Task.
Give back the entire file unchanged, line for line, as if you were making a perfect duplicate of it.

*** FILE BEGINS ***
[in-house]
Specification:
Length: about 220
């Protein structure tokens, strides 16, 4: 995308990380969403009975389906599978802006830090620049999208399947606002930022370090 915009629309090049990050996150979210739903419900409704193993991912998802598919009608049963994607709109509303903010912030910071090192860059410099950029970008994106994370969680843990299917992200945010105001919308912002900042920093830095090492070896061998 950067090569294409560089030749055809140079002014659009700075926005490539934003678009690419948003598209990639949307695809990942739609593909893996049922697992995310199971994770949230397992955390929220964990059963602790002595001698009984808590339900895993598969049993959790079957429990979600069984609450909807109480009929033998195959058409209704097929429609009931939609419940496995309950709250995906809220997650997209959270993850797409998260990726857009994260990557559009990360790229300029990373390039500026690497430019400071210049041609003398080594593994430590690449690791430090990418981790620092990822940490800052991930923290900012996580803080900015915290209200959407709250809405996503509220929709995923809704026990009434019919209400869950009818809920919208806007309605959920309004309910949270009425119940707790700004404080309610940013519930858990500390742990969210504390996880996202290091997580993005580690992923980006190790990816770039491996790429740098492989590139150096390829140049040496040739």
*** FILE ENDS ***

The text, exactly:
[in-house]
Specification:
Length: about 220
């Protein structure tokens, strides 16, 4: 995308990380969403009975389906599978802006830090620049999208399947606002930022370090 915009629309090049990050996150979210739903419900409704193993991912998802598919009608049963994607709109509303903010912030910071090192860059410099950029970008994106994370969680843990299917992200945010105001919308912002900042920093830095090492070896061998 950067090569294409560089030749055809140079002014659009700075926005490539934003678009690419948003598209990639949307695809990942739609593909893996049922697992995310199971994770949230397992955390929220964990059963602790002595001698009984808590339900895993598969049993959790079957429990979600069984609450909807109480009929033998195959058409209704097929429609009931939609419940496995309950709250995906809220997650997209959270993850797409998260990726857009994260990557559009990360790229300029990373390039500026690497430019400071210049041609003398080594593994430590690449690791430090990418981790620092990822940490800052991930923290900012996580803080900015915290209200959407709250809405996503509220929709995923809704026990009434019919209400869950009818809920919208806007309605959920309004309910949270009425119940707790700004404080309610940013519930858990500390742990969210504390996880996202290091997580993005580690992923980006190790990816770039491996790429740098492989590139150096390829140049040496040739």